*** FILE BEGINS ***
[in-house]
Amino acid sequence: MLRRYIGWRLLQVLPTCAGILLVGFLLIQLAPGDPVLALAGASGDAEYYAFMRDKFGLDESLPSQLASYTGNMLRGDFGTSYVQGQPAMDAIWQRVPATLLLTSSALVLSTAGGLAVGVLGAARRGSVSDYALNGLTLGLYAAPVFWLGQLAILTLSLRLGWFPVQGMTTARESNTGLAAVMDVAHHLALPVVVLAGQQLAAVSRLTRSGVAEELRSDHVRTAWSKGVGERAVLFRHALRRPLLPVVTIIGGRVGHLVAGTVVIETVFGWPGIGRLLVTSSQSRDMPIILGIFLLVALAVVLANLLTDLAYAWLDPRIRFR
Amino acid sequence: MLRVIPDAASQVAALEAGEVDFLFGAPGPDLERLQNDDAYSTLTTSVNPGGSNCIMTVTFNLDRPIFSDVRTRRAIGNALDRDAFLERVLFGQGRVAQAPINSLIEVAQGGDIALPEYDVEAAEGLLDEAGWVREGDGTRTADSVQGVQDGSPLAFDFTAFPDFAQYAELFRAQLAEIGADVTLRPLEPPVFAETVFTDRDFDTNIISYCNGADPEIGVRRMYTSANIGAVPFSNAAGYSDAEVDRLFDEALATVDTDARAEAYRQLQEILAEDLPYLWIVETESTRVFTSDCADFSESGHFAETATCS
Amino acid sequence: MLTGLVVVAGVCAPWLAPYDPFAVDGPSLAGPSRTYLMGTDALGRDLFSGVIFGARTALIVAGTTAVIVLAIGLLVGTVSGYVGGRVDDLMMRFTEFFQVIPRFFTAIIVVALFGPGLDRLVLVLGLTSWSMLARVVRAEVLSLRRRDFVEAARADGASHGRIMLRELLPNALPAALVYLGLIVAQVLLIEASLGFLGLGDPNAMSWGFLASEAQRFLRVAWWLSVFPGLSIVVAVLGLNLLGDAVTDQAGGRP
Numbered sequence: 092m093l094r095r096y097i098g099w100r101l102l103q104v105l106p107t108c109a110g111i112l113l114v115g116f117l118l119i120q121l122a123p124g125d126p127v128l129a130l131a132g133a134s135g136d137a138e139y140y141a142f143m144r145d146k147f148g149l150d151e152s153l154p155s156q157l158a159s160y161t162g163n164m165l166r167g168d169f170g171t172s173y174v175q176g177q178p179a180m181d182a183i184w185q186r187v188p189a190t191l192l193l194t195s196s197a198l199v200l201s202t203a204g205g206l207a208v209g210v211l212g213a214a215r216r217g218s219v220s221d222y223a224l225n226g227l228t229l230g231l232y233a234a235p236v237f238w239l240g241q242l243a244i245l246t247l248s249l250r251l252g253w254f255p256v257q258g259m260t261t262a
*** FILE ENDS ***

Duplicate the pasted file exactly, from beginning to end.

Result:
[in-house]
Amino acid sequence: MLRRYIGWRLLQVLPTCAGILLVGFLLIQLAPGDPVLALAGASGDAEYYAFMRDKFGLDESLPSQLASYTGNMLRGDFGTSYVQGQPAMDAIWQRVPATLLLTSSALVLSTAGGLAVGVLGAARRGSVSDYALNGLTLGLYAAPVFWLGQLAILTLSLRLGWFPVQGMTTARESNTGLAAVMDVAHHLALPVVVLAGQQLAAVSRLTRSGVAEELRSDHVRTAWSKGVGERAVLFRHALRRPLLPVVTIIGGRVGHLVAGTVVIETVFGWPGIGRLLVTSSQSRDMPIILGIFLLVALAVVLANLLTDLAYAWLDPRIRFR
Amino acid sequence: MLRVIPDAASQVAALEAGEVDFLFGAPGPDLERLQNDDAYSTLTTSVNPGGSNCIMTVTFNLDRPIFSDVRTRRAIGNALDRDAFLERVLFGQGRVAQAPINSLIEVAQGGDIALPEYDVEAAEGLLDEAGWVREGDGTRTADSVQGVQDGSPLAFDFTAFPDFAQYAELFRAQLAEIGADVTLRPLEPPVFAETVFTDRDFDTNIISYCNGADPEIGVRRMYTSANIGAVPFSNAAGYSDAEVDRLFDEALATVDTDARAEAYRQLQEILAEDLPYLWIVETESTRVFTSDCADFSESGHFAETATCS
Amino acid sequence: MLTGLVVVAGVCAPWLAPYDPFAVDGPSLAGPSRTYLMGTDALGRDLFSGVIFGARTALIVAGTTAVIVLAIGLLVGTVSGYVGGRVDDLMMRFTEFFQVIPRFFTAIIVVALFGPGLDRLVLVLGLTSWSMLARVVRAEVLSLRRRDFVEAARADGASHGRIMLRELLPNALPAALVYLGLIVAQVLLIEASLGFLGLGDPNAMSWGFLASEAQRFLRVAWWLSVFPGLSIVVAVLGLNLLGDAVTDQAGGRP
Numbered sequence: 092m093l094r095r096y097i098g099w100r101l102l103q104v105l106p107t108c109a110g111i112l113l114v115g116f117l118l119i120q121l122a123p124g125d126p127v128l129a130l131a132g133a134s135g136d137a138e139y140y141a142f143m144r145d146k147f148g149l150d151e152s153l154p155s156q157l158a159s160y161t162g163n164m165l166r167g168d169f170g171t172s173y174v175q176g177q178p179a180m181d182a183i184w185q186r187v188p189a190t191l192l193l194t195s196s197a198l199v200l201s202t203a204g205g206l207a208v209g210v211l212g213a214a215r216r217g218s219v220s221d222y223a224l225n226g227l228t229l230g231l232y233a234a235p236v237f238w239l240g241q242l243a244i245l246t247l248s249l250r251l252g253w254f255p256v257q258g259m260t261t262a